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So, you've combined and trimmed your scenes to complete the rough cut. Once you've screened the film for yourself many times to make sure everything is working, you're prepared to show it to others. This is because while you've been editing the film, you've been working in somewhat of a vacuum. Now you're ready for fresh eyes and ears to tell you what's working and what isn't. Truly, holding a screening in front of an audience teaches you a whole lot about your work. Sometimes screenings are exciting and sometimes they're hard. But you should try your best to get as much out of them as possible, so your project can continue to improve.
A few things about this very important phase, like I said previously, you need to screen it for people who are both invested in the film and for those that have no stake in the film's success at all. You want to make sure you get the sort of feedback that lets you know how your cut compares with the vision of the director and ultimately the client. But also you need to make sure that the film works for the general public, since that's going to be the majority of the audience that sees it. Prior to each screening, make sure the screening room is ready to go. Ensure the video looks good on your monitor, and the speakers are broadcasting the audio at the correct level.
Make sure the lighting in the room is just right, and that no one in the room will have an obstructed view. Now, you can also upload the rough cut online and ask people to watch and comment on it that way. Sometimes, when you're not in the room at all, you can make it the most honest feedback. If possible, start out the screenings with a small audience, and try to read their expressions. Keep your eyes on them more than on your screening. Try to gauge their level of attention at each section of the documentary. After the screening, begin asking broad questions, and then get more specific.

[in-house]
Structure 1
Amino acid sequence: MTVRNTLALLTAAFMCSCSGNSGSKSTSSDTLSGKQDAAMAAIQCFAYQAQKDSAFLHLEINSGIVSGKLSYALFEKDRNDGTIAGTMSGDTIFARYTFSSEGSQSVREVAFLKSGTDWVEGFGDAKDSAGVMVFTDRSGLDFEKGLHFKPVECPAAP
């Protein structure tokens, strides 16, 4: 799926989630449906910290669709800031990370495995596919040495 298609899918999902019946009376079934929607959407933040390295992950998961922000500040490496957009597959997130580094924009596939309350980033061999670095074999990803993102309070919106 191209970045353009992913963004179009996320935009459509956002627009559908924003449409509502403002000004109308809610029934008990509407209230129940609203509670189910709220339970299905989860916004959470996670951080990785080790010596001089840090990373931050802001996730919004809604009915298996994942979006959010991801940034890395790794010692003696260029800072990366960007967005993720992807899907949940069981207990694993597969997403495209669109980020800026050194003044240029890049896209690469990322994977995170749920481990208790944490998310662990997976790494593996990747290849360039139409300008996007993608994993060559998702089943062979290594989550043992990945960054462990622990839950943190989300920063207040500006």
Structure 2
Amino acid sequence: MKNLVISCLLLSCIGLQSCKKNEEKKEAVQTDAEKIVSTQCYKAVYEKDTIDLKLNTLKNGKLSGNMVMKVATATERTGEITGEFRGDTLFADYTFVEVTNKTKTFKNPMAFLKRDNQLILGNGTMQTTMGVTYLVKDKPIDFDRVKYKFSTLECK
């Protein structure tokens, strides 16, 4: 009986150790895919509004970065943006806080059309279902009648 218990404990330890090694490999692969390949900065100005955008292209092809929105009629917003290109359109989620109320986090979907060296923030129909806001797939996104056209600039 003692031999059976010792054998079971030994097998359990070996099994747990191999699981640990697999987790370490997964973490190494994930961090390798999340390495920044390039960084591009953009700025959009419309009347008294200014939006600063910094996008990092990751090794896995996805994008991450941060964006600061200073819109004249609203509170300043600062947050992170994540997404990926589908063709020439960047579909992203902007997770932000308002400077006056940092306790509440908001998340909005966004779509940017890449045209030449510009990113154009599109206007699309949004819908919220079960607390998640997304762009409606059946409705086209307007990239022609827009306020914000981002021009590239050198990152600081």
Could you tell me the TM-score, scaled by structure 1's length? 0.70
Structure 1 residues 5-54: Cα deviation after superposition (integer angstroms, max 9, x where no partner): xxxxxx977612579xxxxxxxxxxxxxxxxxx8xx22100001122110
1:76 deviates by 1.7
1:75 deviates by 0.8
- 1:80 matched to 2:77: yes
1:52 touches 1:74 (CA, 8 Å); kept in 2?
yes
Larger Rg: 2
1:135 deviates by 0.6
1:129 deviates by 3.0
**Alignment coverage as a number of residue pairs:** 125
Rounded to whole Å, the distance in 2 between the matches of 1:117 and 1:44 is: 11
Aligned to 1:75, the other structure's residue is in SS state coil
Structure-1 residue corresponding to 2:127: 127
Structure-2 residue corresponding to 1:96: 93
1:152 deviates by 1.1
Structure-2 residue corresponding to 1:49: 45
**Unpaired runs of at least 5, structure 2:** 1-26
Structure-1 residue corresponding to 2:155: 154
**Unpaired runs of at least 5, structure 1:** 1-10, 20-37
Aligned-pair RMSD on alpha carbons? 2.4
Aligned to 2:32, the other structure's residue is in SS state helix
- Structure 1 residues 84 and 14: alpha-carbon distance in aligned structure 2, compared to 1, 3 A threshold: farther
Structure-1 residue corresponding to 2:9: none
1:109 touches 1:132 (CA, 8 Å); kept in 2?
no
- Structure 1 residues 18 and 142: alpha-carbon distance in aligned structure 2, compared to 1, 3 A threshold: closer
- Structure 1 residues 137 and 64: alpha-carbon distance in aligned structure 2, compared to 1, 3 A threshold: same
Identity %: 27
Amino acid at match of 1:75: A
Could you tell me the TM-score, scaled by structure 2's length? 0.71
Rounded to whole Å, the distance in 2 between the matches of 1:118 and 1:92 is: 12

Try to get a strong sense for the audience's understanding interest and emotion. Sometimes, negative feedback might be vague. In this case, you need to try your best to figure out what exactly is working, and what isn't by asking good, and specific questions. You won't remember everything, so be sure to take plenty of notes. Be sure not to argue with your audience. Try not to be defensive even though that might be difficult. The point of the screening is to figure out what's working and what isn't. After all, no one says you have to listen to everything everyone says.
But that's why you should screen the film for as many audiences as possible. If you consistently get similar negative feedback, there may be something to it. Once, you've gained valuable feedback, it's time to make changes to the film. You will be collaborating heavily with the director during subsequent edits, and for this reason, the phase is often called the Director's Cut. You're essentially aligning your vision of the film with that of the director during this phase. You might be making small trims, or you might be moving entire scenes around or deleting scenes.
Going through this phase can be difficult, but it's often necessary and usually makes the film better. You will continue to screen versions of the working edit until feedback finally filters down to a trickle. And eventually, you will get the official blessing. Once you finally reach this phase, you have reached picture lock. Picture lock means that no further edits can be made and the film is ready to send for titling, audio mix, and color correction. We'll discuss these phases of the post-production process in the next few movies.
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